Prior to today’s announcement, the worry in Vancouver was that the highly touted, 20-year-old goalie would return to school and become an unrestricted free agent next summer. The Canucks drafted Demko 36th overall in 2014. He was a Hobey Baker finalist this season. 

“He’s going through the process of what he wants to do and he knows how we feel,” Vancouver GM Jim Benning told Postmedia earlier this week.

“We’ve been patient and he’s sorting out some things on his side. I would expect that we’ll know more in the next few days. If he decides he’s going to turn pro, he’s a guy we want to develop and we assured him he would have a spot in Utica.”

Before Demko makes his AHL debut next season, he’ll represent the United States at the world championship in Russia.

Related: Demko focused on winning a title with Boston College, will talk with Canucks this summer

Shockingly, the Rangers and Penguins didn’t see the Letang slash the same way


The New York Rangers disagree with the NHL’s decision to let Kris Letang off the hook.

As you’re surely aware by now, Letang was not suspended for catching Rangers forward Viktor Stalberg with a high stick on Tuesday night.

“We might feel it seems deliberate,” Vigneault said, per the Pittsburgh Tribune-Review.

“The NHL doesn’t see it that way and the referees on the ice at that time didn’t see it that way. So just gotta deal with it and focus on the next game.”

This is not the first time this season that Vigneault has not seen eye-to-eye with the Department of Player Safety. Recall Matt Beleskey‘s hit that injured Derek Stepan in November, and what Vigneault thought of that. (Beleskey was not suspended.)

Via Greg Wyshynski of Yahoo Sports, here’s why the league chose not to discipline Letang:

1. Letang is off-balance due to the hit. Check his skates – they’re both off the ice as his stick is raised to Stalberg’s head.

2. Now check the left arm of Letang on the slow-motion replay. As he absorbs the Moore hit, his left arm slams against the glass, and as it does his stick – which he’s carrying dangerously high already – snaps into the neck of Stalberg. The NHL believes his left glove or the end of his stick catches a stanchion on the glass. The hit by Moore causes him to twist and makes the stick go forward into Stalberg’s neck.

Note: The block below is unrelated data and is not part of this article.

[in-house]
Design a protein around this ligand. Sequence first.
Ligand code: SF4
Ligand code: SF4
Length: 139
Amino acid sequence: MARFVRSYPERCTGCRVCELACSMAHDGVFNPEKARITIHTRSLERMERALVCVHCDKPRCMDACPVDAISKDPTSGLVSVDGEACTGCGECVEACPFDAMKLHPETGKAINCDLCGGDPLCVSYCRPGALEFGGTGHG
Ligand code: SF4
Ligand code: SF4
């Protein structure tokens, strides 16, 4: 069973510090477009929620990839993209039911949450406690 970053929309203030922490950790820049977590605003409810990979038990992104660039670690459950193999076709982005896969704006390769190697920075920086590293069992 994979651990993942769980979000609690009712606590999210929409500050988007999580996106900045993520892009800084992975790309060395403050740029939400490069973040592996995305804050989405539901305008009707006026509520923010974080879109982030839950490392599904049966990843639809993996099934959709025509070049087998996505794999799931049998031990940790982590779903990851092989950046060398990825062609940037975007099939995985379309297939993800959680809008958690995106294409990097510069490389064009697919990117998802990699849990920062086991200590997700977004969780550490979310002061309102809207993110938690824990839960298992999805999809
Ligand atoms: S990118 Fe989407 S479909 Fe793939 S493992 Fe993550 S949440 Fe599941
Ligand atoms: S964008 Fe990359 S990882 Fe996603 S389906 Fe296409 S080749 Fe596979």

3. Therefore, the NHL sees this as an accident and not intentional. 

Watching the video, it does appear possible that Letang’s stick accelerated forward into Stalberg’s face after the butt end made contact with the corner glass.

Feel free to disagree. That’s what comments sections are for.

But for the record, here’s what Letang had to say:

And here’s what Letang’s coach, Mike Sullivan, said:

Chorney to replace Orpik, who’s ‘doing better’


Brooks Orpik didn’t skate today and he won’t play tonight in Philadelphia, but he’s “doing better.”

Capitals head coach Barry Trotz provided that update this morning, two days after the veteran defenseman was shaken up on a hit by the Flyers’ Ryan White.

“We’ll see where he is tomorrow,” Trotz said of Orpik, per the Washington Post. “I don’t predict anything, but I know he’s feeling better. I saw him last night, and I saw him this morning. The trainers are working with him, and hopefully, he’s back soon.”

Orpik will be replaced by Taylor Chorney, the 28-year-old who appeared 55 times for Washington in the regular season.

The Caps can sweep the Flyers with a victory, and they intend to do just that.

“When you have a chance to close out a team in the playoffs, you need to step on their throat and end it,” d-man Mike Weber told CSN Washington.

“You can’t give them any breath, any life.”